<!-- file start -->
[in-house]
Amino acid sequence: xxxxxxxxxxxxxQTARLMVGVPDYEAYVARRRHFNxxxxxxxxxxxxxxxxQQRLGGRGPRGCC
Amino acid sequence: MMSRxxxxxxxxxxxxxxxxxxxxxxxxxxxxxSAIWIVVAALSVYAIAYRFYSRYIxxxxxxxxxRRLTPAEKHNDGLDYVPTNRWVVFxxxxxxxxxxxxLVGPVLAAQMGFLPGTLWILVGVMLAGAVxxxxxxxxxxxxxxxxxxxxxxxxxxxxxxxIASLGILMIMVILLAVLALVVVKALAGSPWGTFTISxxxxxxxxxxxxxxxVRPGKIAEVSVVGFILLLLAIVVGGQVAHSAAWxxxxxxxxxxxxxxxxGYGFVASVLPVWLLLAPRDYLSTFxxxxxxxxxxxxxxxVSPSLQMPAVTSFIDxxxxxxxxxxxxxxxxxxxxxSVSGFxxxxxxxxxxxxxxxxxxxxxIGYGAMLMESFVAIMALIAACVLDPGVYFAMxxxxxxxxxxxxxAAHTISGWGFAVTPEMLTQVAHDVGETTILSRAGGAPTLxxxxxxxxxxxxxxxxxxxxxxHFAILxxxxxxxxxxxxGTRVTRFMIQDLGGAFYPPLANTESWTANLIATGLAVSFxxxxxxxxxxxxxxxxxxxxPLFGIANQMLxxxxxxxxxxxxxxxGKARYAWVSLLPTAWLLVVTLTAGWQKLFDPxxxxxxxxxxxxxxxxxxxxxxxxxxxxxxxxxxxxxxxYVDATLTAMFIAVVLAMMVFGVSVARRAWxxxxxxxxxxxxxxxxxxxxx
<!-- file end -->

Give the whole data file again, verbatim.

[in-house]
Amino acid sequence: xxxxxxxxxxxxxQTARLMVGVPDYEAYVARRRHFNxxxxxxxxxxxxxxxxQQRLGGRGPRGCC
Amino acid sequence: MMSRxxxxxxxxxxxxxxxxxxxxxxxxxxxxxSAIWIVVAALSVYAIAYRFYSRYIxxxxxxxxxRRLTPAEKHNDGLDYVPTNRWVVFxxxxxxxxxxxxLVGPVLAAQMGFLPGTLWILVGVMLAGAVxxxxxxxxxxxxxxxxxxxxxxxxxxxxxxxIASLGILMIMVILLAVLALVVVKALAGSPWGTFTISxxxxxxxxxxxxxxxVRPGKIAEVSVVGFILLLLAIVVGGQVAHSAAWxxxxxxxxxxxxxxxxGYGFVASVLPVWLLLAPRDYLSTFxxxxxxxxxxxxxxxVSPSLQMPAVTSFIDxxxxxxxxxxxxxxxxxxxxxSVSGFxxxxxxxxxxxxxxxxxxxxxIGYGAMLMESFVAIMALIAACVLDPGVYFAMxxxxxxxxxxxxxAAHTISGWGFAVTPEMLTQVAHDVGETTILSRAGGAPTLxxxxxxxxxxxxxxxxxxxxxxHFAILxxxxxxxxxxxxGTRVTRFMIQDLGGAFYPPLANTESWTANLIATGLAVSFxxxxxxxxxxxxxxxxxxxxPLFGIANQMLxxxxxxxxxxxxxxxGKARYAWVSLLPTAWLLVVTLTAGWQKLFDPxxxxxxxxxxxxxxxxxxxxxxxxxxxxxxxxxxxxxxxYVDATLTAMFIAVVLAMMVFGVSVARRAWxxxxxxxxxxxxxxxxxxxxx